rise up and walk



He asked him, “Do you want to get well?”- John 5:6

¨

Nathan and I would always talk about Jesus.

So going to a church service with him was second nature.

It was a Tuesday night, and a bunch of us piled into the car and headed away from campus. It was dark as pitch that night. There were scores of stars out; they were shimmering, it was autumn. There was nothing amiss.

By the time we pulled into the gravel lot surrounding the church, it was already full of cars. I worried we might be late for something important.

There was someone talking when we filed in. The service had been going on an indeterminate length of time, but no one seemed miffed by our tardiness. We were in a room packed with people: white, middle-aged, Southern people; wearing kind faces and stiff clothes. Per usual, I was parked at the end of the row.  A few of our new friends who had ridden along were between Nathan and me. From the middle of the pew, Nathan leaned forward a little and smiled at me. I nodded, turning my attention to the front-just like I had learned in Sunday school-with my hands folded on my lap.

We were there to hear a visiting minister, and once he took the pulpit, things began to liven up. He had a microphone, which he had clearly practiced utilizing with finesse. He would finish each statement on the loudest-and most important- words. He was a true Southern preacher-a maestro-bringing his rhetoric further and further up its in intensity and volume.

Like any good conductor he had me fooled. Just when I thought we had reached the end of the opus: there came the crescendo.

I looked up to the front, as the applause died down, expecting the minister to wave away the crowd. Instead, I noticed a lady standing near the preacher, flanked by ushers, beginning to approach him. She stopped about a foot in front of him, and there was a pause. With a single swift motion, the preacher thrust his hand forward at full speed, palm out, striking the woman in the middle of her forehead.

She crumpled in a heap on the floor. The ushers swooped down on her in a manner that reminded me far too much of birds on feed.

This was not just a service: it was a revival: and we had reached the time for healings.

I could feel every eye in the place on me. Like a child with her hand stuck in the cookie jar, I had been found out.

I looked to my left, then my right, for some form of backup. Nathan seemed to have vanished, and my friend who had been sitting next to me had gone up front with another girl from our row, for the altar call.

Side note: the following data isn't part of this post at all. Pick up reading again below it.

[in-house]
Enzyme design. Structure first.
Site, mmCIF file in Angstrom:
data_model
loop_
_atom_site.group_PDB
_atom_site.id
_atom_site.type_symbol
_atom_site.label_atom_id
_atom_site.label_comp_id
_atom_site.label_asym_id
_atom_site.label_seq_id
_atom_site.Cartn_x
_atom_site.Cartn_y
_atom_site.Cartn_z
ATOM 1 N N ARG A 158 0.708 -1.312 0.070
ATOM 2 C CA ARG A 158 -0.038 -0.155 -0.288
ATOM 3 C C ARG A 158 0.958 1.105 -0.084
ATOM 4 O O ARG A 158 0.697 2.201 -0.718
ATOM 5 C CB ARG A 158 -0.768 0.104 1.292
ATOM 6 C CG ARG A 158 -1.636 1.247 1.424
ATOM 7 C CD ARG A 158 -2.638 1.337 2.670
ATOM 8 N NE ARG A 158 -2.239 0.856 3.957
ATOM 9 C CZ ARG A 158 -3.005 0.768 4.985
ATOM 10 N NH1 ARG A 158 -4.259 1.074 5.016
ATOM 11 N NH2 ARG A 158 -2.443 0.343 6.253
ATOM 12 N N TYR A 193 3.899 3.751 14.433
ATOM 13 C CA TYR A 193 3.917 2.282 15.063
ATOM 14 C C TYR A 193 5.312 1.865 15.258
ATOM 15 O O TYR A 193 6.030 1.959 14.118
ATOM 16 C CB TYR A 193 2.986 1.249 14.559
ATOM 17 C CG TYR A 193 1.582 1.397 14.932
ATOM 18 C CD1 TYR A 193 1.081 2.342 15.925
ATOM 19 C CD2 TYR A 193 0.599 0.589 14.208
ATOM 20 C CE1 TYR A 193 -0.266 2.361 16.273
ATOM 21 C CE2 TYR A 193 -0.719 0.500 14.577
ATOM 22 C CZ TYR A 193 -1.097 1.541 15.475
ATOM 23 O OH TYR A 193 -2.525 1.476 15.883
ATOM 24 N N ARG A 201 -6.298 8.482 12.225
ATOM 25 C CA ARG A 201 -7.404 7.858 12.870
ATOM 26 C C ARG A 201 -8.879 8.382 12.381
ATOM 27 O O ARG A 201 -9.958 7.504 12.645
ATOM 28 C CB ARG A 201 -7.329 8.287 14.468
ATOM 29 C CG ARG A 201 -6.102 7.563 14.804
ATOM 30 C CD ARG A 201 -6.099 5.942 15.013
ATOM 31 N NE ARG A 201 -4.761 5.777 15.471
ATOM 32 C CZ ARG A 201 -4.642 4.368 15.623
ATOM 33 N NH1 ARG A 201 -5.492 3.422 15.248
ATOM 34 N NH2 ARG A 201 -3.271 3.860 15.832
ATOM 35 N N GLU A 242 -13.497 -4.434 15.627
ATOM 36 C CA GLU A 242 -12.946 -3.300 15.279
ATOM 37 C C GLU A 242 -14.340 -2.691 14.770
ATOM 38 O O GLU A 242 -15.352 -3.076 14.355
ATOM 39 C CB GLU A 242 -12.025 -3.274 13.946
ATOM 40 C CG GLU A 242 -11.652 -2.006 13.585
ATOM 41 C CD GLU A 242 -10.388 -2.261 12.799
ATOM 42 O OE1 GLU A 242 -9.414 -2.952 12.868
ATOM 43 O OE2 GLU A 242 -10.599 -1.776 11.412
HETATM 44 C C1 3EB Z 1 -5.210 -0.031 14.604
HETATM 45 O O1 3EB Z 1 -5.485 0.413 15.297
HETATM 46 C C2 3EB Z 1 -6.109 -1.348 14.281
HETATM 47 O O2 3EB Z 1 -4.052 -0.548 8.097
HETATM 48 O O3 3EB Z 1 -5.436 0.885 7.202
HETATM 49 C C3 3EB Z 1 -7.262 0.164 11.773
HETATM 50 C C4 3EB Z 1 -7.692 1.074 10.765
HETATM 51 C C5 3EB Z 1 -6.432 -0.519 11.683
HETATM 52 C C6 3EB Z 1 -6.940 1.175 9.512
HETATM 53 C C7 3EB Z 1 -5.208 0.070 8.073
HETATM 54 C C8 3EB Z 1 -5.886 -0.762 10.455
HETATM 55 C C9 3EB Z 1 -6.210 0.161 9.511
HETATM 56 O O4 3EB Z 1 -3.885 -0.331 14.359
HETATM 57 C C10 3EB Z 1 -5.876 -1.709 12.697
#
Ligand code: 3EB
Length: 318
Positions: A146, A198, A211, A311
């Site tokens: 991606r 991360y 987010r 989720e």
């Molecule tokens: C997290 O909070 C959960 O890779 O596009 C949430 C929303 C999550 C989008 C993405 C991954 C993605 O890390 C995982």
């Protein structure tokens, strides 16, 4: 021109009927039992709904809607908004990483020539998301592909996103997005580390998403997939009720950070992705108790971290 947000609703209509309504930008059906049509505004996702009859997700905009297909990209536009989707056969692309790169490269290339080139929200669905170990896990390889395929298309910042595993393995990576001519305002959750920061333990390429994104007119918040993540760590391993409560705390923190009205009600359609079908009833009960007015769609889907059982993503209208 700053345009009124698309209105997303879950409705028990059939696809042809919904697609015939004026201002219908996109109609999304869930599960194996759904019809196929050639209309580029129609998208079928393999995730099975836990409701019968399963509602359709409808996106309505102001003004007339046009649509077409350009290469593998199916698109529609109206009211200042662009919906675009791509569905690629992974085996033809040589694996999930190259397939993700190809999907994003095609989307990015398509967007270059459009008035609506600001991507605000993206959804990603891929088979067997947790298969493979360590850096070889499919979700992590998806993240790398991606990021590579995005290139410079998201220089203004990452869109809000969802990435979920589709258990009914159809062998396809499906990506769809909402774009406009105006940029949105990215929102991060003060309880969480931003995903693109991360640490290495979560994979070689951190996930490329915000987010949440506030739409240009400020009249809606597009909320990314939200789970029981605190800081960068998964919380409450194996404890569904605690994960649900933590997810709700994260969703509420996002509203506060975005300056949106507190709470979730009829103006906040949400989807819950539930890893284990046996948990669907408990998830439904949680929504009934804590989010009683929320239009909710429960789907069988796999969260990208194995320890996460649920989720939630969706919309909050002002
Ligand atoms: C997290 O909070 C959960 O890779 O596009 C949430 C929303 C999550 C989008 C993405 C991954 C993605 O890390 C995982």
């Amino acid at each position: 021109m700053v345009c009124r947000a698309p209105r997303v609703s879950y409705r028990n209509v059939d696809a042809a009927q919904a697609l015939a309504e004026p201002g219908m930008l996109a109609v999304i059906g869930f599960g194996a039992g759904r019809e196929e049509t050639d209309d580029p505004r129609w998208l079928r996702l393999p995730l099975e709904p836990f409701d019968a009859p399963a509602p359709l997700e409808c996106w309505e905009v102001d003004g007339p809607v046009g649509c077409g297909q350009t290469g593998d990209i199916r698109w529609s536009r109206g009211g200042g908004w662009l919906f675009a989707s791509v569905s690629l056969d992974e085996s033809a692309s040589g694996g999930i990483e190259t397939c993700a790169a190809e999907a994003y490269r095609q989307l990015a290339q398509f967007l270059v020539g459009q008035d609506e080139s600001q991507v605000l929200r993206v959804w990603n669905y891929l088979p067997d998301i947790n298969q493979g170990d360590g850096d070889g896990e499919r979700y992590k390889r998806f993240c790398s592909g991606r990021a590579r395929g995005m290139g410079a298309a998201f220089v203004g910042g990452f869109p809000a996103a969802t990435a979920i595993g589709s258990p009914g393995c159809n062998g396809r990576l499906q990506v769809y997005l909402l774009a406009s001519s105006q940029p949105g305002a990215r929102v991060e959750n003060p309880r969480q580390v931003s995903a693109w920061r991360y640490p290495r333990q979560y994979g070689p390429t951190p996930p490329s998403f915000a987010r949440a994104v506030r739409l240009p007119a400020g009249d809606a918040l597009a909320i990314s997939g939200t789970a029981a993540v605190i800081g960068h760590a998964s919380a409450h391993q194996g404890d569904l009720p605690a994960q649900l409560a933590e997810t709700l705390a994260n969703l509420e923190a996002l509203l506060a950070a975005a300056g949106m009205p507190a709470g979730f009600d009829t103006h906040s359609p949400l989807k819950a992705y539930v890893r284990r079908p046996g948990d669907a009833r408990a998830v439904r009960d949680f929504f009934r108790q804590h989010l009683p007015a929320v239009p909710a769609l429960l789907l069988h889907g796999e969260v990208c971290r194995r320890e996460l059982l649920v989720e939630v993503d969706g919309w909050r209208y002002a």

I was trapped. The ushers had already spotted me, and I could see them looking back and forth to one another, as if to say, “We got a live one!”

A woman with impossibly long hair approached me in her Sunday best. She was looking at me the way a little girl would watch a puppy in the pet store window. I smiled.

In a voice that was somehow both urgent and hushed, she asked, “Have you ever felt the power of the Lord Jesus?”

“Ma’am,” I replied, “I love Him. . . I certainly hope I have.”

“Well,” she stammered, attempting to hide her incredulity, “Can I pray for you?”

“Yes,” I said, with an air of defeat. The woman, who had never introduced herself or asked my name, placed both of her hands on me: one on top of my head, the other on my shoulder. Bowing her head, she began to pray. I could not discern a single word of her fervent supplication.

And I was praying, too. Silent, but frantic, in hope of exodus: it was as if our requests were on a race to the Heavenly Throne. And mine got there first.

One of my friends, returning from the altar call, caught my terrified gaze. His glance followed mine, from the woman huddled around me to the pandemonium at the front of the sanctuary. I mouthed the words “Get. Outside. Now.” His pace quickened, and he arrived behind me, not a moment too soon.

The woman, whose hands were still resting on me, finished her prayer and lifted her head. My friend spoke up, “I’m sorry, but she isn’t feeling well. I believe she needs some air.” He didn’t give the intercessor an opportunity to respond, but took me and pushed my wheelchair down the center aisle and out the door as fast as if the floor had been lit on fire. He kept running till we cleared the door and heard it close behind us.

There on top of the hill, I sat next to my friend. And we let the time pass between us.

In the quiet beneath God’s beautiful heavens, were the stars and I: grateful, our place in His Universe remained, untouched by human hands.

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7 thoughts on “rise up and walk

  1. Brilliantly written! LOVE it! Your closing statement reminds me of a phrase in one of Mother Teresa’s prayers: “May you be content knowing you are a child of God.” Love you!

    Like

  2. Pingback: so. what’s wrong with me? | In Case of Fire, Use Stairs

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